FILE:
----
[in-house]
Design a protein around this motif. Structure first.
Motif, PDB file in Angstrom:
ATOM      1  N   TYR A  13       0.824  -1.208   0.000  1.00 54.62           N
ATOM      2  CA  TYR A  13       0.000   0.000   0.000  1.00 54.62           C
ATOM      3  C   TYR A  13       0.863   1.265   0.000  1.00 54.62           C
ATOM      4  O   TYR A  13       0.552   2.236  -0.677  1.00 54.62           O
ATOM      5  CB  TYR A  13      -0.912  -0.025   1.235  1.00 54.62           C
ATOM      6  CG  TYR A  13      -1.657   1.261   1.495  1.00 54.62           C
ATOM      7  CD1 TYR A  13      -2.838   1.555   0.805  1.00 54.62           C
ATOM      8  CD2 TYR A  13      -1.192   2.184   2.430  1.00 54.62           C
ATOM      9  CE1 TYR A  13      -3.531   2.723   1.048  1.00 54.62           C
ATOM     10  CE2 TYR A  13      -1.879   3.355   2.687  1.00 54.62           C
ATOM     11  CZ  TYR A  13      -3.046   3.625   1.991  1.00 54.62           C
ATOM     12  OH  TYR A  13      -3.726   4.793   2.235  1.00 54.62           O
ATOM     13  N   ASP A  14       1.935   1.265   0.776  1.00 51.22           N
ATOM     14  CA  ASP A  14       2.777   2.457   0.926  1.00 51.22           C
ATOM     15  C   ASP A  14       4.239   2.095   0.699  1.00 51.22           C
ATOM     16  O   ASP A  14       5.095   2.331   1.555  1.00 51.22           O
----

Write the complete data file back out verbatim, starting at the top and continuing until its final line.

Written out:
[in-house]
Design a protein around this motif. Structure first.
Motif, PDB file in Angstrom:
ATOM      1  N   TYR A  13       0.824  -1.208   0.000  1.00 54.62           N
ATOM      2  CA  TYR A  13       0.000   0.000   0.000  1.00 54.62           C
ATOM      3  C   TYR A  13       0.863   1.265   0.000  1.00 54.62           C
ATOM      4  O   TYR A  13       0.552   2.236  -0.677  1.00 54.62           O
ATOM      5  CB  TYR A  13      -0.912  -0.025   1.235  1.00 54.62           C
ATOM      6  CG  TYR A  13      -1.657   1.261   1.495  1.00 54.62           C
ATOM      7  CD1 TYR A  13      -2.838   1.555   0.805  1.00 54.62           C
ATOM      8  CD2 TYR A  13      -1.192   2.184   2.430  1.00 54.62           C
ATOM      9  CE1 TYR A  13      -3.531   2.723   1.048  1.00 54.62           C
ATOM     10  CE2 TYR A  13      -1.879   3.355   2.687  1.00 54.62           C
ATOM     11  CZ  TYR A  13      -3.046   3.625   1.991  1.00 54.62           C
ATOM     12  OH  TYR A  13      -3.726   4.793   2.235  1.00 54.62           O
ATOM     13  N   ASP A  14       1.935   1.265   0.776  1.00 51.22           N
ATOM     14  CA  ASP A  14       2.777   2.457   0.926  1.00 51.22           C
ATOM     15  C   ASP A  14       4.239   2.095   0.699  1.00 51.22           C
ATOM     16  O   ASP A  14       5.095   2.331   1.555  1.00 51.22           O